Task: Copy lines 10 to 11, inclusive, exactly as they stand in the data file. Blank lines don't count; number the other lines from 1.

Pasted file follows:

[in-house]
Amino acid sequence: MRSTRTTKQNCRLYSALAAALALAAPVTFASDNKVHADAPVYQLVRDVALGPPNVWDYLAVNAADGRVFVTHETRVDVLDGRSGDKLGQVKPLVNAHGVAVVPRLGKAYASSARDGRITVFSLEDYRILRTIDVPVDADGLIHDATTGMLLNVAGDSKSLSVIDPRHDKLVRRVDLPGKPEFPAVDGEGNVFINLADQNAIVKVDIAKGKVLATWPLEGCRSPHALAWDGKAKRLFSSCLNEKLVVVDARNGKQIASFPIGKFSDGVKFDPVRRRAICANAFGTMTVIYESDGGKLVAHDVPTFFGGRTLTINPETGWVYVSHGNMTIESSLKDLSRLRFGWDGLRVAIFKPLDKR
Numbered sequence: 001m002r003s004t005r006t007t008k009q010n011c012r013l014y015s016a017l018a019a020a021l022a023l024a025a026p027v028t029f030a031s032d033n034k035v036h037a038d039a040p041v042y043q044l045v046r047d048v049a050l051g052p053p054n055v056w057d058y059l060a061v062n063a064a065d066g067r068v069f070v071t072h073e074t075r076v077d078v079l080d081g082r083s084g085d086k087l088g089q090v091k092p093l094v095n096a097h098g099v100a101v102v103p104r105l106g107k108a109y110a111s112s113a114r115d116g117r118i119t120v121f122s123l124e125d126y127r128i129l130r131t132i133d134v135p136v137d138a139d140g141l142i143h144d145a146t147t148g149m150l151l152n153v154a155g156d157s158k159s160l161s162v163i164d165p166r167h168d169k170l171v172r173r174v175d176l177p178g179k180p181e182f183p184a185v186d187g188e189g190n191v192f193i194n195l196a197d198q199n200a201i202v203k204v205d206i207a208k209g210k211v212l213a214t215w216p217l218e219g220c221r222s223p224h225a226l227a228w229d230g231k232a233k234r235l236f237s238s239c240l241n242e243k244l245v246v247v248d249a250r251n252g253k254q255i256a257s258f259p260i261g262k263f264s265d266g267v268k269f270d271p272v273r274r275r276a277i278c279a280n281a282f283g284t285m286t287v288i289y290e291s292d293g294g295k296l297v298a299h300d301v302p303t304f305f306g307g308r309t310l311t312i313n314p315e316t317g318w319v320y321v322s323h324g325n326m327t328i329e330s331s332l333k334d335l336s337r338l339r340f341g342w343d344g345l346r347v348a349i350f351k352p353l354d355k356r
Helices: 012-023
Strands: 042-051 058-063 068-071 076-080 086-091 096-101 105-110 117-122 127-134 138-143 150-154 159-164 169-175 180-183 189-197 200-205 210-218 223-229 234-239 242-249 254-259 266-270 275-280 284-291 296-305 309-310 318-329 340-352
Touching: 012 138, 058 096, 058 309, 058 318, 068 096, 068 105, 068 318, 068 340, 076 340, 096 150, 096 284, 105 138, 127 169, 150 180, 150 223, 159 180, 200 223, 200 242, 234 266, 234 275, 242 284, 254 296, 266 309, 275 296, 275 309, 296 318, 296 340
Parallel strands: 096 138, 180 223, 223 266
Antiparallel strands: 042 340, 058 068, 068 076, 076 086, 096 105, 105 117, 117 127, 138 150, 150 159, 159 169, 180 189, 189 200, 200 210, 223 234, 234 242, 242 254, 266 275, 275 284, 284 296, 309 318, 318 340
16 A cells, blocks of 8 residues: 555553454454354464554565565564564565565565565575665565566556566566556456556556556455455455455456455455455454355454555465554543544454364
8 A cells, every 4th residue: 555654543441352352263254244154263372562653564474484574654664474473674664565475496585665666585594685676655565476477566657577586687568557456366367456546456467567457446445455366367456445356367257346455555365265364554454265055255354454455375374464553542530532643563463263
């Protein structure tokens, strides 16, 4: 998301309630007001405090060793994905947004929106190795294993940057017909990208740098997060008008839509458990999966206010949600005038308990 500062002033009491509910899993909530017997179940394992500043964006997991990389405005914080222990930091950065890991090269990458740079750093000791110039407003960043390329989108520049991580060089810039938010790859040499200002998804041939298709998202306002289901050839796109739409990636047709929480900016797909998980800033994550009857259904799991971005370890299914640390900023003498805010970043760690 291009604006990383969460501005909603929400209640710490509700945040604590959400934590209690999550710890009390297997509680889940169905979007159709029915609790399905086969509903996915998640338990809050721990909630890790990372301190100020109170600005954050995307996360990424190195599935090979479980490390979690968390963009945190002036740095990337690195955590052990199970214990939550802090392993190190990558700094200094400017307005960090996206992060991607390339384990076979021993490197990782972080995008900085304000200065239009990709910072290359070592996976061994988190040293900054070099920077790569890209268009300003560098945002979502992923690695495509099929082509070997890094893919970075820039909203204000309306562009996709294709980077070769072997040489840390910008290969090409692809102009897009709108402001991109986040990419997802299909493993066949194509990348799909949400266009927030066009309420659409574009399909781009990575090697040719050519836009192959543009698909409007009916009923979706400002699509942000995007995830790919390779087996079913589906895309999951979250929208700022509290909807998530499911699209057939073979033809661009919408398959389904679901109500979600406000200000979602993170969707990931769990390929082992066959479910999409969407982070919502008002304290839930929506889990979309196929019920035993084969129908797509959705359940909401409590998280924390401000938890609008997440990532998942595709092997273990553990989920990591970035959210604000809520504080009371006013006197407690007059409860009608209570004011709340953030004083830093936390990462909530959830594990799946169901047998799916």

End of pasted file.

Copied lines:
8 A cells, every 4th residue: 555654543441352352263254244154263372562653564474484574654664474473674664565475496585665666585594685676655565476477566657577586687568557456366367456546456467567457446445455366367456445356367257346455555365265364554454265055255354454455375374464553542530532643563463263
């Protein structure tokens, strides 16, 4: 998301309630007001405090060793994905947004929106190795294993940057017909990208740098997060008008839509458990999966206010949600005038308990 500062002033009491509910899993909530017997179940394992500043964006997991990389405005914080222990930091950065890991090269990458740079750093000791110039407003960043390329989108520049991580060089810039938010790859040499200002998804041939298709998202306002289901050839796109739409990636047709929480900016797909998980800033994550009857259904799991971005370890299914640390900023003498805010970043760690 291009604006990383969460501005909603929400209640710490509700945040604590959400934590209690999550710890009390297997509680889940169905979007159709029915609790399905086969509903996915998640338990809050721990909630890790990372301190100020109170600005954050995307996360990424190195599935090979479980490390979690968390963009945190002036740095990337690195955590052990199970214990939550802090392993190190990558700094200094400017307005960090996206992060991607390339384990076979021993490197990782972080995008900085304000200065239009990709910072290359070592996976061994988190040293900054070099920077790569890209268009300003560098945002979502992923690695495509099929082509070997890094893919970075820039909203204000309306562009996709294709980077070769072997040489840390910008290969090409692809102009897009709108402001991109986040990419997802299909493993066949194509990348799909949400266009927030066009309420659409574009399909781009990575090697040719050519836009192959543009698909409007009916009923979706400002699509942000995007995830790919390779087996079913589906895309999951979250929208700022509290909807998530499911699209057939073979033809661009919408398959389904679901109500979600406000200000979602993170969707990931769990390929082992066959479910999409969407982070919502008002304290839930929506889990979309196929019920035993084969129908797509959705359940909401409590998280924390401000938890609008997440990532998942595709092997273990553990989920990591970035959210604000809520504080009371006013006197407690007059409860009608209570004011709340953030004083830093936390990462909530959830594990799946169901047998799916």